Gambia’s Central Bank has dropped interest rates from 22 percent to 18 percent following orders by the government to help revive the economy.
Authorities made the changes this week to make borrowing and paying easier, according to a Central Bank official.
Gambia’s financial year is wrapping up, and economists are expecting the new interest rates to stay steady for a while.
Gambia has a long history of high-interest rates with government borrowing making it difficult for most small business to secure loans to finance their businesses.
The move will make several banks drop interest charges and get more clients taking loans to maximize their profit margins.
Many Gambian families rely on bank overdrafts to survive leaving household debts high.
Wages are stagnant around the country, and the government seems hesitant to make salary changes in the absence of a major economic shift.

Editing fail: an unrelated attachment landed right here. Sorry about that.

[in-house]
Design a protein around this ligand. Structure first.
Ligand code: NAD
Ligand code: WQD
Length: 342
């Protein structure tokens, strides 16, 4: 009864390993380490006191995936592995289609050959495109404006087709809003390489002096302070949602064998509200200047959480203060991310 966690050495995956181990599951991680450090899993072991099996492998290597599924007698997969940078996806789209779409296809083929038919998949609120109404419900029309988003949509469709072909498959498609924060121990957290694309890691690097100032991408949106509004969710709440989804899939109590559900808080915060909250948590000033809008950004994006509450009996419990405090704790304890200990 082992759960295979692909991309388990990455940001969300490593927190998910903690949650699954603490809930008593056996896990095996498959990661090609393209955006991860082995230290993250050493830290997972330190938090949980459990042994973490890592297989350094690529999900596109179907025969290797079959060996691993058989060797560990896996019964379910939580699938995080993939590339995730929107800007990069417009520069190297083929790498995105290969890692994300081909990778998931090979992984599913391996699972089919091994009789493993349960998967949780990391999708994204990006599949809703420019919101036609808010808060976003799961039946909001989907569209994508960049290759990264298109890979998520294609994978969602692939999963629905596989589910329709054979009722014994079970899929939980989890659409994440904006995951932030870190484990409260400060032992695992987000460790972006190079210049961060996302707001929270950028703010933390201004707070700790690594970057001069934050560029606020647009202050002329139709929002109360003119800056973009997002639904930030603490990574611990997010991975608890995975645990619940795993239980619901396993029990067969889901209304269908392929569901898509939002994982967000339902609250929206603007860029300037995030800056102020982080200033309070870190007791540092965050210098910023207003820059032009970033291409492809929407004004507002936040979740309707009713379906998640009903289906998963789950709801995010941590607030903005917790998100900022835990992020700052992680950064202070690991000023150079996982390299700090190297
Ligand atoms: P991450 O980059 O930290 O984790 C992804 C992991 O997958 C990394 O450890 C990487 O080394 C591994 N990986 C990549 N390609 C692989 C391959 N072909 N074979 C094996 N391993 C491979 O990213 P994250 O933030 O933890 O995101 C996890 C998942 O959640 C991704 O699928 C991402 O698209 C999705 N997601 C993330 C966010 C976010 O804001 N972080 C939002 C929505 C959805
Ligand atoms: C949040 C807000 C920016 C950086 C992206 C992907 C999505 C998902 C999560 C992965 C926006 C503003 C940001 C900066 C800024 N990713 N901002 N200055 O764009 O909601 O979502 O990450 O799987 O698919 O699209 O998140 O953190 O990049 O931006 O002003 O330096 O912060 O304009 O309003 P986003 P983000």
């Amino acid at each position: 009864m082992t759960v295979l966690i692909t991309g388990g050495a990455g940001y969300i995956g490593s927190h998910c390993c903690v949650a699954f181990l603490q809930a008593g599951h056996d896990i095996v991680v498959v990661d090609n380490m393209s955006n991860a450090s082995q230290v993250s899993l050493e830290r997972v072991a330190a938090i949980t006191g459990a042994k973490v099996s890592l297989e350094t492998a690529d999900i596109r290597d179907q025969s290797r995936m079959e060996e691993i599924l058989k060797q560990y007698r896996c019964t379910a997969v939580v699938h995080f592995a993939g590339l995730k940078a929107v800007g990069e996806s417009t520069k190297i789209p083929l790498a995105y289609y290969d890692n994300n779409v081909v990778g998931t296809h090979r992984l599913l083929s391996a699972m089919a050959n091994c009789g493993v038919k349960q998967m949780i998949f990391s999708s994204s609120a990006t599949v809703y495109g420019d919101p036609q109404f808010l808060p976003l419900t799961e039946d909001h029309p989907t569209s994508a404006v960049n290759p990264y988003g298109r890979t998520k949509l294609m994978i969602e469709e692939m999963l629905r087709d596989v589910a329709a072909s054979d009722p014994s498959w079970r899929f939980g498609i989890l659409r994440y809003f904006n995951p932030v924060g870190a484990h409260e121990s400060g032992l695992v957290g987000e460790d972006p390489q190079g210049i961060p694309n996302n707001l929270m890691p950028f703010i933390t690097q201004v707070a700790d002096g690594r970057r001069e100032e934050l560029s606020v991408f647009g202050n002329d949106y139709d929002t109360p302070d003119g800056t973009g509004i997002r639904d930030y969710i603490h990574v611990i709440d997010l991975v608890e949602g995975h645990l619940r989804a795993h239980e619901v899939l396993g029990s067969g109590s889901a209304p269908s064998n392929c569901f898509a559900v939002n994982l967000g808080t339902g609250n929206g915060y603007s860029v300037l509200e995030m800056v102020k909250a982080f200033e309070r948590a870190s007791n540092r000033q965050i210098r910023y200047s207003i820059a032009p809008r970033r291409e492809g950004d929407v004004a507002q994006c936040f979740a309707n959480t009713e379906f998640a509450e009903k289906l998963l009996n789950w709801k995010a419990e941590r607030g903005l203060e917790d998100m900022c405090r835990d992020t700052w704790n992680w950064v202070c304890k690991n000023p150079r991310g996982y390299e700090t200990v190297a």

Gambia had been politically and economically isolated for decades under ex-president, Yahya Jammeh, who stands accused of interfering with the country’s economic policies.
The new government of President Adama Barrow is trying to reform the economy to attract foreign investors and create jobs.
The outlook of reviving the economy will be supported by the low level of interest rates. The new reduction will be one of the lowest in the West African nation.
Earlier in the year, a rate hike had seemed imminent following months of political turmoil sparked by Jammeh’s refusal to step aside.
The EU and the IMF stepped in rescuing the country’s economy and experts have recently revised their opinion on the country’s economic outlook and welcoming the rate reduction.